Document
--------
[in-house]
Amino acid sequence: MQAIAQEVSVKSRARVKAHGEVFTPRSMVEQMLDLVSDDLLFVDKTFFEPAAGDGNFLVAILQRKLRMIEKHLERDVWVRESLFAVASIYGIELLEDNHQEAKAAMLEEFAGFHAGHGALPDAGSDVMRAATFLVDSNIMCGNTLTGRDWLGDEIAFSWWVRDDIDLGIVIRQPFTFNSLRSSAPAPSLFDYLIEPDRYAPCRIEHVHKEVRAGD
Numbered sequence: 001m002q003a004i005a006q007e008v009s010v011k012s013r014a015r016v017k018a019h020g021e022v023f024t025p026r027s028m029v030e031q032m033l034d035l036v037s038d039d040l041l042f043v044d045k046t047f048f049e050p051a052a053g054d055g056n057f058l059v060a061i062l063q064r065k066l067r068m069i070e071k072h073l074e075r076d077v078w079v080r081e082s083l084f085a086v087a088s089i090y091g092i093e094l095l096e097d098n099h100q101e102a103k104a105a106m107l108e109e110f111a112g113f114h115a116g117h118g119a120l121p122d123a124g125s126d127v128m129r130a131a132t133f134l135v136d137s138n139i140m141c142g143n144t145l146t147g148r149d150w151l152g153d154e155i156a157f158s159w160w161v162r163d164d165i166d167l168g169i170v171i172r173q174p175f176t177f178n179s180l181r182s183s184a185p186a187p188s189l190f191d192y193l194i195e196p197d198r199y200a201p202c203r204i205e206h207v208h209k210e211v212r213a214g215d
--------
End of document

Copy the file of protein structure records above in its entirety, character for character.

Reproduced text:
[in-house]
Amino acid sequence: MQAIAQEVSVKSRARVKAHGEVFTPRSMVEQMLDLVSDDLLFVDKTFFEPAAGDGNFLVAILQRKLRMIEKHLERDVWVRESLFAVASIYGIELLEDNHQEAKAAMLEEFAGFHAGHGALPDAGSDVMRAATFLVDSNIMCGNTLTGRDWLGDEIAFSWWVRDDIDLGIVIRQPFTFNSLRSSAPAPSLFDYLIEPDRYAPCRIEHVHKEVRAGD
Numbered sequence: 001m002q003a004i005a006q007e008v009s010v011k012s013r014a015r016v017k018a019h020g021e022v023f024t025p026r027s028m029v030e031q032m033l034d035l036v037s038d039d040l041l042f043v044d045k046t047f048f049e050p051a052a053g054d055g056n057f058l059v060a061i062l063q064r065k066l067r068m069i070e071k072h073l074e075r076d077v078w079v080r081e082s083l084f085a086v087a088s089i090y091g092i093e094l095l096e097d098n099h100q101e102a103k104a105a106m107l108e109e110f111a112g113f114h115a116g117h118g119a120l121p122d123a124g125s126d127v128m129r130a131a132t133f134l135v136d137s138n139i140m141c142g143n144t145l146t147g148r149d150w151l152g153d154e155i156a157f158s159w160w161v162r163d164d165i166d167l168g169i170v171i172r173q174p175f176t177f178n179s180l181r182s183s184a185p186a187p188s189l190f191d192y193l194i195e196p197d198r199y200a201p202c203r204i205e206h207v208h209k210e211v212r213a214g215d